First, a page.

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Kissing Other People or the House of Fame calls the bluff on Chaucer’s boast, expressed in his poem “The House of Fame,” to have dreamt the best. Composed out of a year of the author’s dream journal, the title poem puts its perverse syntax to work in a maximalist jaunt of surprising collisions, cunning errors, nightly displacements, work, parties, plays, and repressed—which is to say, permissive—speech. Ingest your theory with Advil and water, Gabriel says, or did her dreams say it for her? Kissing Other People is an experiment in mouthing collective language, on the premise that what seems irretrievably personal is in fact most social and most shared.
Kay Gabriel inherited Bernadette Mayer and Geoffrey Chaucer’s dreams. For this, I could denounce her, as Gabriel herself denounces friend and poet Stephen Ira in this book’s “Blind Item” (in exchange for his 78 cents). Instead, I accept her generosity, which offers a year’s worth of visions—between the Aprils of 2019 and 2020—rather than a single December day. She’ll tell you that her Personism is for the less fabulous, but it’s simply more collective: even sleep is a social matter, sending her to protests and parties and picket lines and visiting fellowships, demanding complicated schematics of love and its construction by meals. We get the chaise without the bother of an analyst. Minding our resistance, we ingest our theory as prescribed, but it’s okay because “‘sublate’ is a little gay.” This is no record of imaginary teeth with real fears; in dreams she drives capably. I’ve ended love and rearranged my days on the strength of advice Kay’s given me in my sleep, though I’m modern enough to know that dreams define their recipients, not the gods who deign to offer them to poets. Kierkegaard says city life made us lose faith in the dream as a source of divine will, but Kay takes God’s place. When her dream sorts us all into rooms marked kissing and not kissing, you’ll want to be on the right side.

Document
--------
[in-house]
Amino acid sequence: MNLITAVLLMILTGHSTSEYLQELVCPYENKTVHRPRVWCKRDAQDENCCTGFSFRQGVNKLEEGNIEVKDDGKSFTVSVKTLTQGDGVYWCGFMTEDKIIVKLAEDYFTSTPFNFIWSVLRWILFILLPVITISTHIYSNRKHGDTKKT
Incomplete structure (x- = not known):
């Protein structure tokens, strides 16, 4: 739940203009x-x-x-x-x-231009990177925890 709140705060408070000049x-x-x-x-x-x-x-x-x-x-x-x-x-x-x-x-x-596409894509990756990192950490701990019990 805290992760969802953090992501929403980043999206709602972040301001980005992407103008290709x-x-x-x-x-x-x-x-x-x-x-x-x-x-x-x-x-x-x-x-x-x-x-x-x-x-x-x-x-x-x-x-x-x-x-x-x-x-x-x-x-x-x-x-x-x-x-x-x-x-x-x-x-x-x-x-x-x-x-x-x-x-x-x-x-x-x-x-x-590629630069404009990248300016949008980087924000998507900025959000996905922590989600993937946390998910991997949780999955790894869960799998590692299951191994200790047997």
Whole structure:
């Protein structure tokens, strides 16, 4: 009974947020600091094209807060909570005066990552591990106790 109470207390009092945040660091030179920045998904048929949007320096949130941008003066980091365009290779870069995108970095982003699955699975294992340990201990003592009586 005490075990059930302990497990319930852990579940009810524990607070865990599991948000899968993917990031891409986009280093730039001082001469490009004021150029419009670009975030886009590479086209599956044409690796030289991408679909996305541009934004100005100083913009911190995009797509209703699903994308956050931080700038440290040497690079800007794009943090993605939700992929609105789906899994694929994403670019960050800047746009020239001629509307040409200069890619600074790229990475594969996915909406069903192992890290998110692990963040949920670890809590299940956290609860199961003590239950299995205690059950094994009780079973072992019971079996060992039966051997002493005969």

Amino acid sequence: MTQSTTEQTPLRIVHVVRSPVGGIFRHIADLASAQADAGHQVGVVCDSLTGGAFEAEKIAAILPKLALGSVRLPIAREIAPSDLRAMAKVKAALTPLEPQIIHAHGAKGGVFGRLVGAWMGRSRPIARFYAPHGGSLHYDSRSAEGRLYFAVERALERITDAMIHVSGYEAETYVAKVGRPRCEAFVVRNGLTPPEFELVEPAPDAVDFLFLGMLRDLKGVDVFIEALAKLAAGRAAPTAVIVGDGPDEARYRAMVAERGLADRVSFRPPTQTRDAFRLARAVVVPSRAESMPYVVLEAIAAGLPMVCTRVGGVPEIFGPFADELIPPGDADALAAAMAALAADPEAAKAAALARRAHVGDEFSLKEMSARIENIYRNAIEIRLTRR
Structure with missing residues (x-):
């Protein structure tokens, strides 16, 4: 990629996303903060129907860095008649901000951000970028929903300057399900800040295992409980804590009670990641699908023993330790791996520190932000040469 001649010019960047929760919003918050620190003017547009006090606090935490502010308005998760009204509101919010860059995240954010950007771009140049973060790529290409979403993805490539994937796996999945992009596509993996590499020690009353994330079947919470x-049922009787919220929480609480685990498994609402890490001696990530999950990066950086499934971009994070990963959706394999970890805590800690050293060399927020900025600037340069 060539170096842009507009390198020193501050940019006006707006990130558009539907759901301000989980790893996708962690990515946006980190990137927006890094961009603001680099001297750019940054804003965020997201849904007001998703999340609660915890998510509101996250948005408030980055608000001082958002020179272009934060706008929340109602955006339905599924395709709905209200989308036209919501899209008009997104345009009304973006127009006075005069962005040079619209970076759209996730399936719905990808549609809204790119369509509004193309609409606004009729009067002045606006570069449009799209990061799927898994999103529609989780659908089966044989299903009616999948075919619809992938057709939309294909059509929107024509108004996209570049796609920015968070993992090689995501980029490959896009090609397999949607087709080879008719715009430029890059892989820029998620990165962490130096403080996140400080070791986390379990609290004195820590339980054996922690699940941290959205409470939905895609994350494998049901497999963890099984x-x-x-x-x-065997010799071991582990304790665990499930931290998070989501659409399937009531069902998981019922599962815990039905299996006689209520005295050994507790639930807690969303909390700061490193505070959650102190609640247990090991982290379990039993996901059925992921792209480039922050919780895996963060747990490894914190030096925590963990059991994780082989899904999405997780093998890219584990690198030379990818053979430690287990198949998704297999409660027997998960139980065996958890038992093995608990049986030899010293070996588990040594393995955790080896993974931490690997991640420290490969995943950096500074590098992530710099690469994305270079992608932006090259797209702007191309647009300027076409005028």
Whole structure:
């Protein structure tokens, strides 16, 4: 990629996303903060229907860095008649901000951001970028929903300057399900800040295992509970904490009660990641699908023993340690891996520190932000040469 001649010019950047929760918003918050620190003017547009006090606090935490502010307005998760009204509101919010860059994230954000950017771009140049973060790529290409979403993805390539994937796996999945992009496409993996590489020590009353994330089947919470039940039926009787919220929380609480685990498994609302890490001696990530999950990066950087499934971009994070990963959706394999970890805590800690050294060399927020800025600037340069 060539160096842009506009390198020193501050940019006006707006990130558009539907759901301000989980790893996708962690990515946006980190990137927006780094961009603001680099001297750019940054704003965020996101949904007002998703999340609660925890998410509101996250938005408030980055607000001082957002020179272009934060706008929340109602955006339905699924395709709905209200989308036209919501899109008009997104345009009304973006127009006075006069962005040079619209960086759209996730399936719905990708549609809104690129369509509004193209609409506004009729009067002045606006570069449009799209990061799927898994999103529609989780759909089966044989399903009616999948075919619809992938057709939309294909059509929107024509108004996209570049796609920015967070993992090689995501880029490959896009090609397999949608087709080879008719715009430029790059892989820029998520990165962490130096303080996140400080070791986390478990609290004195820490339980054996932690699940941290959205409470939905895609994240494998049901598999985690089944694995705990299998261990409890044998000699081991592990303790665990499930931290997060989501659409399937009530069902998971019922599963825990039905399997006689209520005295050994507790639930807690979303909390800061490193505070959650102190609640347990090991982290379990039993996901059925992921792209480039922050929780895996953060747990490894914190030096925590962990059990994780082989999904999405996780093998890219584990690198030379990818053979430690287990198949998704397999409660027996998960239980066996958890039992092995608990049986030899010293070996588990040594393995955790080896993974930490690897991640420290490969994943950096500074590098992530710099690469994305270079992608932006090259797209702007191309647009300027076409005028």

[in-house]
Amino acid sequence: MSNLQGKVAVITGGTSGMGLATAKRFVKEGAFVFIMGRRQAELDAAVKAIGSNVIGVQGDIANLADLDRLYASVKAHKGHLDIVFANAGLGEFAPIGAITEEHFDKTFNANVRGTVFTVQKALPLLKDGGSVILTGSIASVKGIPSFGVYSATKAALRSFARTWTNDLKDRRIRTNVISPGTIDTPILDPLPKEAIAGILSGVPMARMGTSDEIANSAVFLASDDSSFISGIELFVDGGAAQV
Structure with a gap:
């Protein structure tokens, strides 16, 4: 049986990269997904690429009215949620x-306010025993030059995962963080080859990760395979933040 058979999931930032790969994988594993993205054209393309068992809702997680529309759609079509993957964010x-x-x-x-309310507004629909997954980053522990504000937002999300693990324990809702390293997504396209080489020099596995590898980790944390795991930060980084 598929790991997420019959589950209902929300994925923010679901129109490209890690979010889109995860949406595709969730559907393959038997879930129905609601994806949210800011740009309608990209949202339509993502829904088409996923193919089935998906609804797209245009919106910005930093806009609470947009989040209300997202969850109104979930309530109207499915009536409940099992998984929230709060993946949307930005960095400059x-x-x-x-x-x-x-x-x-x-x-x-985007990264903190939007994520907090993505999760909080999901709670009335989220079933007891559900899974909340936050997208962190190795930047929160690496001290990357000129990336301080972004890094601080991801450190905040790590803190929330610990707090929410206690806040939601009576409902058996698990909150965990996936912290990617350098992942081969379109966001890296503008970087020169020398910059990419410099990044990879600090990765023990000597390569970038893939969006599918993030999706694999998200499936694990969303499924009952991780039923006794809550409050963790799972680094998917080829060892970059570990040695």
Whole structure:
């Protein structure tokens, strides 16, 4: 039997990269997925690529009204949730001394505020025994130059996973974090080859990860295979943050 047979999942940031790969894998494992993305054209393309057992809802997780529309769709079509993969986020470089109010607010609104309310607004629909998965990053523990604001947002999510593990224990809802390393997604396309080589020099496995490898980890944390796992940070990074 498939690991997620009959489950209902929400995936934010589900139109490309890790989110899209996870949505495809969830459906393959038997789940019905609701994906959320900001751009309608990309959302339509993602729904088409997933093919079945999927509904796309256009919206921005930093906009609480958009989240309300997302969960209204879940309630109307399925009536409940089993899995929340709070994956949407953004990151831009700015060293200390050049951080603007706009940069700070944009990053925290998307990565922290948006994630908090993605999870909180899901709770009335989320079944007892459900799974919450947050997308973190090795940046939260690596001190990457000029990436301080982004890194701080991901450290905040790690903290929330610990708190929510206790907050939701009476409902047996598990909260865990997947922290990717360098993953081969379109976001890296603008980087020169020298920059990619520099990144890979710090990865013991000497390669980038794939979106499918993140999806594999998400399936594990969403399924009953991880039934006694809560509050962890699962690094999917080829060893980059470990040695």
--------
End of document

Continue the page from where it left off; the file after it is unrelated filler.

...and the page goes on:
In reviving the dream vision for the twenty-first century, Gabriel reminds us that each night as we sleep, we undertake the work of transformation, rewriting the experiences of waking life. The special task of poetry is to make these visions “available to everyone,” to produce something we can continue to share and hold in common, even while awake.
Offering echoes of Bernadette Mayer for their shared diaristic/journal lyric impulse, Gabriel. . . attends to a particular nuance of dreamscape and lived daily life, existing almost as counterpoint to the clipped flaneur of a Frank O’Hara; through Gabriel, the ordinary, the intimate and the internal is entirely the point, and by itself, is magical.
Kay Gabriel is a poet and essayist. With Andrea Abi-Karam, she co-edited We Want It All: An Anthology of Radical Trans Poetics. She’s the author of Kissing …